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The Late-Colonial Rise of Indology (1914–1940)

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Chapter Summary

The healthy economic climate created favourable conditions for the many reforms introduced in the Indies within the framework of ethical policies. With the ethical policy of prosperity and education, spending patterns experienced extensive changes. With the rise of Indonesian nationalism under the influence of the colonial modernization process, the political consensus that initially characterized these ethical politics was soon lost. Within the framework of the Indology programme in Leiden and KITLV, the study of and support for adat law grew during the Interbellum into a giant, omnipotent and interdisciplinary project. The representative of a new generation of anthropologists in KITLV, however, De Josselin de Jong, was a culture relativist to a much stronger degree. He wholeheartedly rejected racism, orientalism and other manifestations of the Eurocentric superiority philosophy. He criticized the universalistic-evolutionistic paradigm of his predecessors, albeit that a core of universalism was evident in his own structuralistic paradigm in anthropology.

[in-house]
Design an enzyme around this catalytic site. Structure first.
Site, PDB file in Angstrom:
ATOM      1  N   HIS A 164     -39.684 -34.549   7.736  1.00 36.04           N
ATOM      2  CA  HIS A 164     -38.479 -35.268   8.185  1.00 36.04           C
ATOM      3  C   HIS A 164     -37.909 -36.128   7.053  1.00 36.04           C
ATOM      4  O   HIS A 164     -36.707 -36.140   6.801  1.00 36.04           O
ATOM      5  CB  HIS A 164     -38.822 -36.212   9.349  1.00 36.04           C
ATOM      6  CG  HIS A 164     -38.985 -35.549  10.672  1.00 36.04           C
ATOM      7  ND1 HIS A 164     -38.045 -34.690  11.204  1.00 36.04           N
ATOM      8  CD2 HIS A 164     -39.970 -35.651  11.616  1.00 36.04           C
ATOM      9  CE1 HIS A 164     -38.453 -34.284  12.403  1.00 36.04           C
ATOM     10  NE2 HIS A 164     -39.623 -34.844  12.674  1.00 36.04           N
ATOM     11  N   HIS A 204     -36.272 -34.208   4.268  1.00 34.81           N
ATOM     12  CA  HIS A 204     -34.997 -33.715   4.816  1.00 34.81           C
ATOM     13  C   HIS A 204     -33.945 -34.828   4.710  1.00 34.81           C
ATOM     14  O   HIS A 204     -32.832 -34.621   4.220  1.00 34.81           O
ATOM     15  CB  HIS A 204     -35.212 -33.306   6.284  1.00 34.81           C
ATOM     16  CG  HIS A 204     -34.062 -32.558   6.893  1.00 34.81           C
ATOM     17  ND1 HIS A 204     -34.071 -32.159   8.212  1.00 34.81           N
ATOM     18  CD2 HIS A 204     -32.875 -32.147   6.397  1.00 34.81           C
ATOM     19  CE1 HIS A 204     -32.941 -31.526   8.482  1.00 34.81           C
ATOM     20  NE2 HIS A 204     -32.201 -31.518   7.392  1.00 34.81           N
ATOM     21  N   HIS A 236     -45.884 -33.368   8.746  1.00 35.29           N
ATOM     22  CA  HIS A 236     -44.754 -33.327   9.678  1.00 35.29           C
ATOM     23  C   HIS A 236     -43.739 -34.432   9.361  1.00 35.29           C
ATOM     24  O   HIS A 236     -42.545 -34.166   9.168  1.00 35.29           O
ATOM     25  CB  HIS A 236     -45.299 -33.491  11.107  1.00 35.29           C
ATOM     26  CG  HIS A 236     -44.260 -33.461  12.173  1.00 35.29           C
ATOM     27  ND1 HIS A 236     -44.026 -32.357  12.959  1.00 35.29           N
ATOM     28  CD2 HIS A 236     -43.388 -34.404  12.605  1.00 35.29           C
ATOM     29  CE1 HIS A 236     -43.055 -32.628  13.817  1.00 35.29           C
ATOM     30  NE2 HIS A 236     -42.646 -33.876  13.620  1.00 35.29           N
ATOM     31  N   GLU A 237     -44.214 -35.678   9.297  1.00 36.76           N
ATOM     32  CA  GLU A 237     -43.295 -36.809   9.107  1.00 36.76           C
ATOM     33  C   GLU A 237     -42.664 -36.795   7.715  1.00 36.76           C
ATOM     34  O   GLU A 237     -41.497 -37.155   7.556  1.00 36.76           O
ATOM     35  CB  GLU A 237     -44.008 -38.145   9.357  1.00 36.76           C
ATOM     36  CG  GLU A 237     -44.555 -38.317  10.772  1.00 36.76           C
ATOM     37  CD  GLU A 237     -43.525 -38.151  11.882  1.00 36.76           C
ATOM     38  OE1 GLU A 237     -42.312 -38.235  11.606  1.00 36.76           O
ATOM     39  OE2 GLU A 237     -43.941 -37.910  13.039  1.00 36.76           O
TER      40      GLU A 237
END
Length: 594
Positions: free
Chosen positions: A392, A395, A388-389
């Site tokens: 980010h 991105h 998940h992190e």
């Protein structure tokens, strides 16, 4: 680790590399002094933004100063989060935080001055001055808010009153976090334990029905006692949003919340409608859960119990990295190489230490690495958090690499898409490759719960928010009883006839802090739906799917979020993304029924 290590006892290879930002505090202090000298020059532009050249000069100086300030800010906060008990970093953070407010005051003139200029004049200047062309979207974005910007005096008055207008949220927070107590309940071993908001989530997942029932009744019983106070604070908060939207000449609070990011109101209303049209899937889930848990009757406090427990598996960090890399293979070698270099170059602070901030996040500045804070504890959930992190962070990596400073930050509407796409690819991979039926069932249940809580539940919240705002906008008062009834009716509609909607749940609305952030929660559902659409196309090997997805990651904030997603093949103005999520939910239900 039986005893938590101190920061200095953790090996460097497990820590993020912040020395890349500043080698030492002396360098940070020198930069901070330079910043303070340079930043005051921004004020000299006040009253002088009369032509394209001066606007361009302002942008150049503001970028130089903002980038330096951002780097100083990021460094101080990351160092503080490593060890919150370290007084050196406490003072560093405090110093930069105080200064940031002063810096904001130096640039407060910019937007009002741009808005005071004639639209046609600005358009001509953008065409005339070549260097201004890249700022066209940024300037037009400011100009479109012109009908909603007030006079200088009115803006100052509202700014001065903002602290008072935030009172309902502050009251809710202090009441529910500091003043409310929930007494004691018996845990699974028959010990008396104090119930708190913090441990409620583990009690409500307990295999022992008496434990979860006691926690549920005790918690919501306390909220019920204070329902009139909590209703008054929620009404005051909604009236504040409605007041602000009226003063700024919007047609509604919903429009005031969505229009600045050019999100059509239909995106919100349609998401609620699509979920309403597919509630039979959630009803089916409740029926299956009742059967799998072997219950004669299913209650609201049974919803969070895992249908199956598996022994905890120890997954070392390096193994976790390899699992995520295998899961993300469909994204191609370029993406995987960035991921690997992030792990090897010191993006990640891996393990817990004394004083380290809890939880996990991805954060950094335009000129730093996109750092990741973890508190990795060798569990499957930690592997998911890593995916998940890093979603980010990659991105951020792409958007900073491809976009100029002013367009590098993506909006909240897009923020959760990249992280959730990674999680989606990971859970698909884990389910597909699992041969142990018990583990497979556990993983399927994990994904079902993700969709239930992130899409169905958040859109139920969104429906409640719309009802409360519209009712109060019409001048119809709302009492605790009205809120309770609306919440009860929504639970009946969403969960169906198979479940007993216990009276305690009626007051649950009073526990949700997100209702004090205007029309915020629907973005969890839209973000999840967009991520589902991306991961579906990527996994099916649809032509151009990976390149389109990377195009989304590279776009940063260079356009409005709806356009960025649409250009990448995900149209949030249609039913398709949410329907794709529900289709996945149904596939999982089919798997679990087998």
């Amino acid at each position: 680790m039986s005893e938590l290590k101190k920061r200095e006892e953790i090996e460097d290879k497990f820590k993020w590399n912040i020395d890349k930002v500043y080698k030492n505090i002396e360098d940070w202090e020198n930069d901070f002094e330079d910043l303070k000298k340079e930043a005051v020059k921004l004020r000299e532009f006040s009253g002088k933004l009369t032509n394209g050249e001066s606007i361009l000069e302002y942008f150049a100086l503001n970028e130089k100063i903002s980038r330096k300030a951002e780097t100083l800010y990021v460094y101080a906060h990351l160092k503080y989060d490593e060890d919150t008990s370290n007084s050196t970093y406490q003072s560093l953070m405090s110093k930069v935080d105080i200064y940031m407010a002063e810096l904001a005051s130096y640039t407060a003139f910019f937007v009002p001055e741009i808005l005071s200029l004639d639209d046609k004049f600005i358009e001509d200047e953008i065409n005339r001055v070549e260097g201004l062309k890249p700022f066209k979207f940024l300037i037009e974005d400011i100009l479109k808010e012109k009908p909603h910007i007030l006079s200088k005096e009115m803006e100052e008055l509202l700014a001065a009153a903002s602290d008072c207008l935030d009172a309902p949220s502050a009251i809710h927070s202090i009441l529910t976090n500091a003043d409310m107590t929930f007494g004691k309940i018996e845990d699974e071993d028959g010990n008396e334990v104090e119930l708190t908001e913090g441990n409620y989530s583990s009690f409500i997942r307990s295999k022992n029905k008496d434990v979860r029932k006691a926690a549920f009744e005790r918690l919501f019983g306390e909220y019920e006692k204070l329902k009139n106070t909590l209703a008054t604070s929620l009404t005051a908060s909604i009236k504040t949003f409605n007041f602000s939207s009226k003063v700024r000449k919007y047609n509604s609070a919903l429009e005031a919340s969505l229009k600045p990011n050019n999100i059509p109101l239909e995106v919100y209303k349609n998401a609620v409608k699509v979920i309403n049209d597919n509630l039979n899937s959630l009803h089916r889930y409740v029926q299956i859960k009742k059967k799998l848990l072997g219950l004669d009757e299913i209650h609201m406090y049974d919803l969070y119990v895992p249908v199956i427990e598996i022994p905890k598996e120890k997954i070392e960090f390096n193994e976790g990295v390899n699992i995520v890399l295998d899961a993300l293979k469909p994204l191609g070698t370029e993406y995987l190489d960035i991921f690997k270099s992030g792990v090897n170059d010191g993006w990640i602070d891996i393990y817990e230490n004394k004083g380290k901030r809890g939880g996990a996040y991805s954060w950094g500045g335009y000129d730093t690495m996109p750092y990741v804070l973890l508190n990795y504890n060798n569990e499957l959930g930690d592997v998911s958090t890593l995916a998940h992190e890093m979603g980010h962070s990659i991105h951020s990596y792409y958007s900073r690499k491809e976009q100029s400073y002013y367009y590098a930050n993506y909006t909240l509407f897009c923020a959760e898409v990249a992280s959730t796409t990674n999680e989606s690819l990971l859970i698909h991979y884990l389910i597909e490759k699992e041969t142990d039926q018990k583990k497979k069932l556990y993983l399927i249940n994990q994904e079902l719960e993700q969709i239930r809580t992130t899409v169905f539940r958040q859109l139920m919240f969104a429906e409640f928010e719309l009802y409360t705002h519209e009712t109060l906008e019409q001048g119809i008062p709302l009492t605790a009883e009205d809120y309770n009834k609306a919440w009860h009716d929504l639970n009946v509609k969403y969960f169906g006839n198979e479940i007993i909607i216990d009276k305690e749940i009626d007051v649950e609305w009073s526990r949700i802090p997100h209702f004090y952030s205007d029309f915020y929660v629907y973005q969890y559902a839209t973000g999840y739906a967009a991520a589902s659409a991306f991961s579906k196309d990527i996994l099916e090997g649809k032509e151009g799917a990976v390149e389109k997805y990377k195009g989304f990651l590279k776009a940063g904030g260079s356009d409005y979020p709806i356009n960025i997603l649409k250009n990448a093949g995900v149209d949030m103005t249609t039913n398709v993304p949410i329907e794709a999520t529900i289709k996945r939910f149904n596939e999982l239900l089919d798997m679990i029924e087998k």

Keywords: adat law; colonial modernization process; ethical policies; Indology programme; Indonesian nationalism; KITLV; orientalism; P.E. de Josselin de Jong; racism



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